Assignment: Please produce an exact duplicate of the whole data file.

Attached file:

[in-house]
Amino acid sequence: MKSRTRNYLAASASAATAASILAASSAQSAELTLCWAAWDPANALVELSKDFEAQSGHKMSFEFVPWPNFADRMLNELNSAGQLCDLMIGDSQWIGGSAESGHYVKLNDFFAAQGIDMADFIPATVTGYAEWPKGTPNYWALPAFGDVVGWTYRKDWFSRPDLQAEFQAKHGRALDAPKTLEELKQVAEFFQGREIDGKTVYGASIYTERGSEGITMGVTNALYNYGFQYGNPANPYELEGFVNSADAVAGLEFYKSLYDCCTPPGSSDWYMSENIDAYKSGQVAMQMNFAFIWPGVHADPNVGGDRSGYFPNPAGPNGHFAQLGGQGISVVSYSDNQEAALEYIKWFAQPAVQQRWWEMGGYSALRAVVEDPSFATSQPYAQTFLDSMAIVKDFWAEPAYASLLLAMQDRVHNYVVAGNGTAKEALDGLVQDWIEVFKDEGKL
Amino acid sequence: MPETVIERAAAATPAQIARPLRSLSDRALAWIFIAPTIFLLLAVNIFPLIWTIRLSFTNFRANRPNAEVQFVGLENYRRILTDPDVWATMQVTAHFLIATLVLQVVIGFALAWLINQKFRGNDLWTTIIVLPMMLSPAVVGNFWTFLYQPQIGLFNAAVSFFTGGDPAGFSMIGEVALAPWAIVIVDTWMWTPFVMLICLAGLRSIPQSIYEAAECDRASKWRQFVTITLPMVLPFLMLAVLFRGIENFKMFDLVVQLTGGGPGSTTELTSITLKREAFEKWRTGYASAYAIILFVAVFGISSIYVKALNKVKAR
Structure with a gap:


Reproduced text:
[in-house]
Amino acid sequence: MKSRTRNYLAASASAATAASILAASSAQSAELTLCWAAWDPANALVELSKDFEAQSGHKMSFEFVPWPNFADRMLNELNSAGQLCDLMIGDSQWIGGSAESGHYVKLNDFFAAQGIDMADFIPATVTGYAEWPKGTPNYWALPAFGDVVGWTYRKDWFSRPDLQAEFQAKHGRALDAPKTLEELKQVAEFFQGREIDGKTVYGASIYTERGSEGITMGVTNALYNYGFQYGNPANPYELEGFVNSADAVAGLEFYKSLYDCCTPPGSSDWYMSENIDAYKSGQVAMQMNFAFIWPGVHADPNVGGDRSGYFPNPAGPNGHFAQLGGQGISVVSYSDNQEAALEYIKWFAQPAVQQRWWEMGGYSALRAVVEDPSFATSQPYAQTFLDSMAIVKDFWAEPAYASLLLAMQDRVHNYVVAGNGTAKEALDGLVQDWIEVFKDEGKL
Amino acid sequence: MPETVIERAAAATPAQIARPLRSLSDRALAWIFIAPTIFLLLAVNIFPLIWTIRLSFTNFRANRPNAEVQFVGLENYRRILTDPDVWATMQVTAHFLIATLVLQVVIGFALAWLINQKFRGNDLWTTIIVLPMMLSPAVVGNFWTFLYQPQIGLFNAAVSFFTGGDPAGFSMIGEVALAPWAIVIVDTWMWTPFVMLICLAGLRSIPQSIYEAAECDRASKWRQFVTITLPMVLPFLMLAVLFRGIENFKMFDLVVQLTGGGPGSTTELTSITLKREAFEKWRTGYASAYAIILFVAVFGISSIYVKALNKVKAR
Structure with a gap: